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Coherence Time: Survival of a Quantum State

Cartoon depiction of coherence time. The sphere surrounded by a bubble represents an isolated quantum state. Environmental disruptions cause a quantum superposition to dissipate. Here the final system has two distinguishable states, represented by blue and yellow poles and is no longer in a coherent quantum superposition. Credit: Edwards/JQI

How long can a quantum superposition state survive? That length of time is called the coherence time, and depends on where a qubit lives. Quantum states are powerful for computing and exploring physics, but delicate when battling the environment. The key is to have a quantum state live longer than it takes to perform an operation or experiment. Physicists design complex containers that completely isolate quantum states from the surroundings, while still allowing for state manipulation.

Read more to learn more about quantum coherence record holders.

For example, in buckets made from either electric, magnetic, or optical fields, atoms are isolated in ultra-high vacuum chambers. The vacuum pressure is about 100 trillion times lower than atmospheric pressure. To visualize this, imagine light particles like hydrogen or nitrogen in a vacuum chamber. After special pumps remove most of the air, there are so few molecules left that before one molecule will collide with another, it will typically travel a distance comparable to the circumference of the earth. At atmospheric pressure, even though we can’t see them with our eyes, there are so many molecules floating about that they only travel about a hundredth the width of a human hair before they bump into a neighboring particle.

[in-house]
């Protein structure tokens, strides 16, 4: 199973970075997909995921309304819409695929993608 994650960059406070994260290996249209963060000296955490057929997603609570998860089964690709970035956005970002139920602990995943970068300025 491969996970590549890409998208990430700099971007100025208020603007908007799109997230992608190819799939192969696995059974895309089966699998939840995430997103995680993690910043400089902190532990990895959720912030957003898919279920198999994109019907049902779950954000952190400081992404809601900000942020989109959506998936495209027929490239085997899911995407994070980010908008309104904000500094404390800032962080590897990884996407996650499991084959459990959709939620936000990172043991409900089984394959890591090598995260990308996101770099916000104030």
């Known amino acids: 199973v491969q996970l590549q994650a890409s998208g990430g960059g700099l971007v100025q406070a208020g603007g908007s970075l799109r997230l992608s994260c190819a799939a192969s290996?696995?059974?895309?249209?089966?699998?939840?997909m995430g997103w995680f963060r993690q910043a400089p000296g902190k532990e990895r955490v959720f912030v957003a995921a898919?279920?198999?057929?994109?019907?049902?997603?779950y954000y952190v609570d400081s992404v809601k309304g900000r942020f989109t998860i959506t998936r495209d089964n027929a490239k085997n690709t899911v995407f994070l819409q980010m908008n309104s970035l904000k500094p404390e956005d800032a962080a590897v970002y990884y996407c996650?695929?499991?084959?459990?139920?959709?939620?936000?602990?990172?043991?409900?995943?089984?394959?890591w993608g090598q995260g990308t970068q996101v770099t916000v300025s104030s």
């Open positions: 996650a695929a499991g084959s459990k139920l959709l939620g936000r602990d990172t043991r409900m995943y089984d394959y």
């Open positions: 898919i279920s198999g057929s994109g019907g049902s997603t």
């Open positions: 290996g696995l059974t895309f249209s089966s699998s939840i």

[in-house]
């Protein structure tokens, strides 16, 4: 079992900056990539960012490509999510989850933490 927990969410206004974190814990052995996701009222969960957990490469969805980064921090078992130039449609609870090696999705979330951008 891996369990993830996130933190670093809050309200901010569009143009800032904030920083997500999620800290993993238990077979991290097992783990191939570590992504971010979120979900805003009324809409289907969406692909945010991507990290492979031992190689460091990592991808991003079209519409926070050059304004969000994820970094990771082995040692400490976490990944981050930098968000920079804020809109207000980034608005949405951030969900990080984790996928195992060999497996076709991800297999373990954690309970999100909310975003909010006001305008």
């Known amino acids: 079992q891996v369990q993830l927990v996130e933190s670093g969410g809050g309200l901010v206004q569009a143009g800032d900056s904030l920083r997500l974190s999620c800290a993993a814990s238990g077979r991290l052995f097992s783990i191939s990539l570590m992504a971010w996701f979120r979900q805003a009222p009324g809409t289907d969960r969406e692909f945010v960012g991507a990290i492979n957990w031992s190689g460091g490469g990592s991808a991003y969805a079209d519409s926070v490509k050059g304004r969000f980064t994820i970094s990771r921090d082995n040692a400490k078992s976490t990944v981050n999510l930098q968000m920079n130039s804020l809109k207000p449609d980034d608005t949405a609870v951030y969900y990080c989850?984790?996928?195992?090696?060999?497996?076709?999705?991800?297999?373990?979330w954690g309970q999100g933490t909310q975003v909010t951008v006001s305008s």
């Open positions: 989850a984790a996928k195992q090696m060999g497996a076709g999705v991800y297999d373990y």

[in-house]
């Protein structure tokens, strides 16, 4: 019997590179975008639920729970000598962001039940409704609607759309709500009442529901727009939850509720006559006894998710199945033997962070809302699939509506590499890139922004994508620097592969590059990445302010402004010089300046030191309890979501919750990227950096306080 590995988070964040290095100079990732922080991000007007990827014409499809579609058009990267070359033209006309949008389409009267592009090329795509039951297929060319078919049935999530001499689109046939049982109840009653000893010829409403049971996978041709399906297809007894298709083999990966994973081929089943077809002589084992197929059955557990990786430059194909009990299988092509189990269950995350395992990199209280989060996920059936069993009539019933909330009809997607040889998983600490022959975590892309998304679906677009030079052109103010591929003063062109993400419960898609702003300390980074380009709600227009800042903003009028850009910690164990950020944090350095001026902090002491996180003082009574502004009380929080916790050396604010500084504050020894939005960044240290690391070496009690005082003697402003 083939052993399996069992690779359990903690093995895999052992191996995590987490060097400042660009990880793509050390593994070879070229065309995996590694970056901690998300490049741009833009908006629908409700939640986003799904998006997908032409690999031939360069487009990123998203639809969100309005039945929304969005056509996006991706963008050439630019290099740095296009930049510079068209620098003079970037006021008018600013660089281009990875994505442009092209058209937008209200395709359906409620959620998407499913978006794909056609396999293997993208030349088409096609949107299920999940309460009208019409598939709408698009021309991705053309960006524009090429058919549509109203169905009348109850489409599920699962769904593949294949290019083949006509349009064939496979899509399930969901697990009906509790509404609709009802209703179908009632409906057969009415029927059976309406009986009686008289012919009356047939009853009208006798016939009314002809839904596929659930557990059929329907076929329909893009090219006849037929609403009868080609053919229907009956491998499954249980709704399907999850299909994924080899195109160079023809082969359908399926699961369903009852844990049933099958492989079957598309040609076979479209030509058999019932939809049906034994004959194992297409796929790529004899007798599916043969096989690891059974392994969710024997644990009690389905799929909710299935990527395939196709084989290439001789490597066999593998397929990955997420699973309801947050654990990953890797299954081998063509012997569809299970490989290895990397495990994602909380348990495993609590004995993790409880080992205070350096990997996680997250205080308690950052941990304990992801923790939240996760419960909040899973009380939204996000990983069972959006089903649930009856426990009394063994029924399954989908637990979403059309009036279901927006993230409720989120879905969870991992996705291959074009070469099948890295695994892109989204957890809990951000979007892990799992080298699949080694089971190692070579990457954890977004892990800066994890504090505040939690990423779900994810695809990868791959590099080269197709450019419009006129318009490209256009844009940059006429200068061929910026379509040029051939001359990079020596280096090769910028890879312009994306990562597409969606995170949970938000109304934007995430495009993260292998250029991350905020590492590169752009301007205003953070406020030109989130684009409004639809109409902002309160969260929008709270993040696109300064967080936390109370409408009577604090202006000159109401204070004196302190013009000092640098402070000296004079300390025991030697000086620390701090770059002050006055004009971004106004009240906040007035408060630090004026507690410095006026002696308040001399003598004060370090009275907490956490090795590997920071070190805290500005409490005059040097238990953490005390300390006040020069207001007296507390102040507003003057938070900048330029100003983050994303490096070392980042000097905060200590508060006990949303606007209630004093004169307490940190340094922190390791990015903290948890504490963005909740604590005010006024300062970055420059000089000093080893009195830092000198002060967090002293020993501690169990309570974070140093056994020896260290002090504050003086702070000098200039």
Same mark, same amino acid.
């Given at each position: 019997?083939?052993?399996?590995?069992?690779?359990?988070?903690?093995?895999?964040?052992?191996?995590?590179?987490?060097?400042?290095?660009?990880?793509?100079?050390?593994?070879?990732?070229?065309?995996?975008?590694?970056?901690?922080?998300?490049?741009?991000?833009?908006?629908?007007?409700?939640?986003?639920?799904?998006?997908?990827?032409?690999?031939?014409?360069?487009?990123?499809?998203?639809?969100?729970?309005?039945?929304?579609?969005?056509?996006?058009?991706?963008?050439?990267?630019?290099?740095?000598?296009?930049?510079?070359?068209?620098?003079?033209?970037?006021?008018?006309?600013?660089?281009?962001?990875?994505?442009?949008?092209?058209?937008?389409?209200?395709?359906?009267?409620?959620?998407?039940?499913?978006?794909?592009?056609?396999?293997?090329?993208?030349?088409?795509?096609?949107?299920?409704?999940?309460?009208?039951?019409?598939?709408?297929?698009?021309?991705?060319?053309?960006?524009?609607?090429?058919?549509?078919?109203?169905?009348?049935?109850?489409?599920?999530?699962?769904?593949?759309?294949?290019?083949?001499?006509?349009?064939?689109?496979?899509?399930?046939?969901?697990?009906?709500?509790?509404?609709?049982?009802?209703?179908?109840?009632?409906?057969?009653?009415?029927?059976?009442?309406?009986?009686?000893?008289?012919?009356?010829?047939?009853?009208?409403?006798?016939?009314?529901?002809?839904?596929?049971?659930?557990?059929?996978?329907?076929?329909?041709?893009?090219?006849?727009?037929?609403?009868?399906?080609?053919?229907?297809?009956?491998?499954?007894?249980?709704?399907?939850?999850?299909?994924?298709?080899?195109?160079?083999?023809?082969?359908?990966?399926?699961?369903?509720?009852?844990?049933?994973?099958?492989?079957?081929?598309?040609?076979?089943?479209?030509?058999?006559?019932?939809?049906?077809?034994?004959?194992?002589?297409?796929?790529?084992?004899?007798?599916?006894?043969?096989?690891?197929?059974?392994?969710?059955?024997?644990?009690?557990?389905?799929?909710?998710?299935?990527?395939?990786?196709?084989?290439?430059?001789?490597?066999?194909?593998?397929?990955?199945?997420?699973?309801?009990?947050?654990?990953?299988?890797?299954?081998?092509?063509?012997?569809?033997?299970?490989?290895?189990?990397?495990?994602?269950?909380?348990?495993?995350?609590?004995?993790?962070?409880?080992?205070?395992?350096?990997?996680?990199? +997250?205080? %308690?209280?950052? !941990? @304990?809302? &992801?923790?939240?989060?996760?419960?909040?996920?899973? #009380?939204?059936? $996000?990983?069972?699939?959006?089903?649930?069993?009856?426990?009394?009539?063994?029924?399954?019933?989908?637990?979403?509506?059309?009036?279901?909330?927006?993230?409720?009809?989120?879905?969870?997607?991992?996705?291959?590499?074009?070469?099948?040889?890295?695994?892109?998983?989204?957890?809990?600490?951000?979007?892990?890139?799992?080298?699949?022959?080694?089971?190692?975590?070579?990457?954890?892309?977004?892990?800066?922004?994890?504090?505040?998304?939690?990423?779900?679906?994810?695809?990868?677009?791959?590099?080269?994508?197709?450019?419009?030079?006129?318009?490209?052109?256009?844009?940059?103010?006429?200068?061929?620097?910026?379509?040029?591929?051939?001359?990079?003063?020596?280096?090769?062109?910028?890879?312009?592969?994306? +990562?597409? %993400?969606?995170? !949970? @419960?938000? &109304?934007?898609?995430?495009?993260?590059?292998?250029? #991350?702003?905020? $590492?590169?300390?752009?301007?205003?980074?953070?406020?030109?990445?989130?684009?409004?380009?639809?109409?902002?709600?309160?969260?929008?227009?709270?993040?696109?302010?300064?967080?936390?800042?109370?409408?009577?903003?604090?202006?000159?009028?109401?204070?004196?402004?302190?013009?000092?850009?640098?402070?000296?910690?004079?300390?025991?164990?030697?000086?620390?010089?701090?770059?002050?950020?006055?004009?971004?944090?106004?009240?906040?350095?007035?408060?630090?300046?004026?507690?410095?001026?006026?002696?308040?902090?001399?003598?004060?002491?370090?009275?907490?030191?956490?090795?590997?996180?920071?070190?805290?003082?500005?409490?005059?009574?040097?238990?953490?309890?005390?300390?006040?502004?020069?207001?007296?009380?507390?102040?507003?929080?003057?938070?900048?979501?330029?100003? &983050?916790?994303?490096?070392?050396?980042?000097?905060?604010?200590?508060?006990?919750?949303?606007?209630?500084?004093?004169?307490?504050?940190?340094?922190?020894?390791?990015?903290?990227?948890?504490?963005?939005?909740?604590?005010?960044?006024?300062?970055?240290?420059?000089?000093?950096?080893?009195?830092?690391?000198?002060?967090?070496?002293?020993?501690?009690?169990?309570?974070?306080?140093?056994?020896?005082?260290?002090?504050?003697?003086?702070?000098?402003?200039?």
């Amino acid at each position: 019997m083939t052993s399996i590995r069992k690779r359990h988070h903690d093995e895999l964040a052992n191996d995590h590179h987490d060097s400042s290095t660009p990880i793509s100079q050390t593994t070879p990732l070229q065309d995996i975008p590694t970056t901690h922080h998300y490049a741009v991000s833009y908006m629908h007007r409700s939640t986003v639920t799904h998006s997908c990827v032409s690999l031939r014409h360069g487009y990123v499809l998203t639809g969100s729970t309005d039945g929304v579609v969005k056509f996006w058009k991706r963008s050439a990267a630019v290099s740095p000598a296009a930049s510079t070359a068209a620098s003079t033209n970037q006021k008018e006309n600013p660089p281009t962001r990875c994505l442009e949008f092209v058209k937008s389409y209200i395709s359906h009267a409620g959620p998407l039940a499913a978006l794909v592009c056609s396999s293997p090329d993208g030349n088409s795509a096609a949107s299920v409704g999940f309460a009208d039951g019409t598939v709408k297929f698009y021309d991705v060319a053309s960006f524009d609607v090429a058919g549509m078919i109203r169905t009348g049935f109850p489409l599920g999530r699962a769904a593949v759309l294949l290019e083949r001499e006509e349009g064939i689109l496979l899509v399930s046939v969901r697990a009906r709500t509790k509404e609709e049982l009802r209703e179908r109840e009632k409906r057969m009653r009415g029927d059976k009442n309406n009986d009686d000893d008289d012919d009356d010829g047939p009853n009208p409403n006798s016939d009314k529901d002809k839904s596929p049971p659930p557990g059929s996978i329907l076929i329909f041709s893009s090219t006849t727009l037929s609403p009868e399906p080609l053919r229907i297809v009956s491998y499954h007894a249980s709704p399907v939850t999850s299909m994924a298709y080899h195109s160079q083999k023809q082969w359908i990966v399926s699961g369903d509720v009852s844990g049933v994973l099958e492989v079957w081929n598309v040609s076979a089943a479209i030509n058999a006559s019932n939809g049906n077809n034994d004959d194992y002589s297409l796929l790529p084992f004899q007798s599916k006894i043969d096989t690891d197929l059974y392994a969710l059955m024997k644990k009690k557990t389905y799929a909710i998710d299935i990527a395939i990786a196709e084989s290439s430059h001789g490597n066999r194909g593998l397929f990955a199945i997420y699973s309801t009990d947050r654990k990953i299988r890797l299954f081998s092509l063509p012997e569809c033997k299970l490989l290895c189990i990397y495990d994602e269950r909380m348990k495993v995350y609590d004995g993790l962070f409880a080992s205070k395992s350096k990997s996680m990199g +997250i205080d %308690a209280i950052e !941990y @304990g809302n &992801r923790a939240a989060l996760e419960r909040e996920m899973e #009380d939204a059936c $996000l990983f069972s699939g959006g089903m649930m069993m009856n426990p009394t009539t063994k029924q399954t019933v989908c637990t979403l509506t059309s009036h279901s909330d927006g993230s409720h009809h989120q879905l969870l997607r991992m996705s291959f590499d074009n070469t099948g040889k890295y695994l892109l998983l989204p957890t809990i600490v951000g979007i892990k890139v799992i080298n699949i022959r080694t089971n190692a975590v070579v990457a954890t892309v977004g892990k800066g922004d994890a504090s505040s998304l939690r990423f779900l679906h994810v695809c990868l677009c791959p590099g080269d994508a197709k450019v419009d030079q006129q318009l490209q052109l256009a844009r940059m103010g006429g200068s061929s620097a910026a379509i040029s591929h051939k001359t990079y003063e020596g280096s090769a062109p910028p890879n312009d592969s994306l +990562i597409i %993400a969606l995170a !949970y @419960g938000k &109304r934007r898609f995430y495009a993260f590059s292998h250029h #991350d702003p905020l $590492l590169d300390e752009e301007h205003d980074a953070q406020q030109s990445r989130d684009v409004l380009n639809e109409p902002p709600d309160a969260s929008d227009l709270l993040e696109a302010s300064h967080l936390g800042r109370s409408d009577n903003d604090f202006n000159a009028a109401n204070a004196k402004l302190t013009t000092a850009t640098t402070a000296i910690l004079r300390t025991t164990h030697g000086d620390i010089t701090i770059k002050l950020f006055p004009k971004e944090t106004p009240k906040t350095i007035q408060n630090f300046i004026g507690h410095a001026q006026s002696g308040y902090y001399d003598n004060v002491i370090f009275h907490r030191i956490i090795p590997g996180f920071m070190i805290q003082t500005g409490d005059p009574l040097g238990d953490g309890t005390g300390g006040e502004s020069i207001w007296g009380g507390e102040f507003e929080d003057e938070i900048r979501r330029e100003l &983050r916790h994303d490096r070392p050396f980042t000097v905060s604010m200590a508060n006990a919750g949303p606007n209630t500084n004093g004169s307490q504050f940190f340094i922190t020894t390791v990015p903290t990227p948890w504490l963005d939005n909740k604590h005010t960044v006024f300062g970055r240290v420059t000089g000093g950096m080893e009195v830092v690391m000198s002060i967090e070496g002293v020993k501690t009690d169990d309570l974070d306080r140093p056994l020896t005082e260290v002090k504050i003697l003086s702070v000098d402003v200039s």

In these isolated atomic systems, ion qubits are the record holders for longest coherence time, in some cases boasting times longer than 10 minutes. Here the qubit is formed from an ion's internal energy states. The qubit’s states are mostly insensitive to ambient disturbances such as magnetic fields, giving them the needed protection from the destructive environment.

While classical logic bits find their home in room-temperature semiconductors, materials full of interacting atoms and a sea of electrons can spell disaster for quantum bits. One way to remove the environmental disruptions from solid-state systems is to cool the system to near zero temperature. Chilly temperatures sort of freeze out much of the noisy surroundings. Now, as reported in Science Magazine, silicon hosts qubits that can live for 39 minutes at room temperature. This is a record for material systems, and while there are many challenges ahead (enabling qubit interactions, single qubit addressing, for example), such a long coherence time is expected to allow for new research possibilites in this platform. 

Recent Quantum Bits

October 17, 2016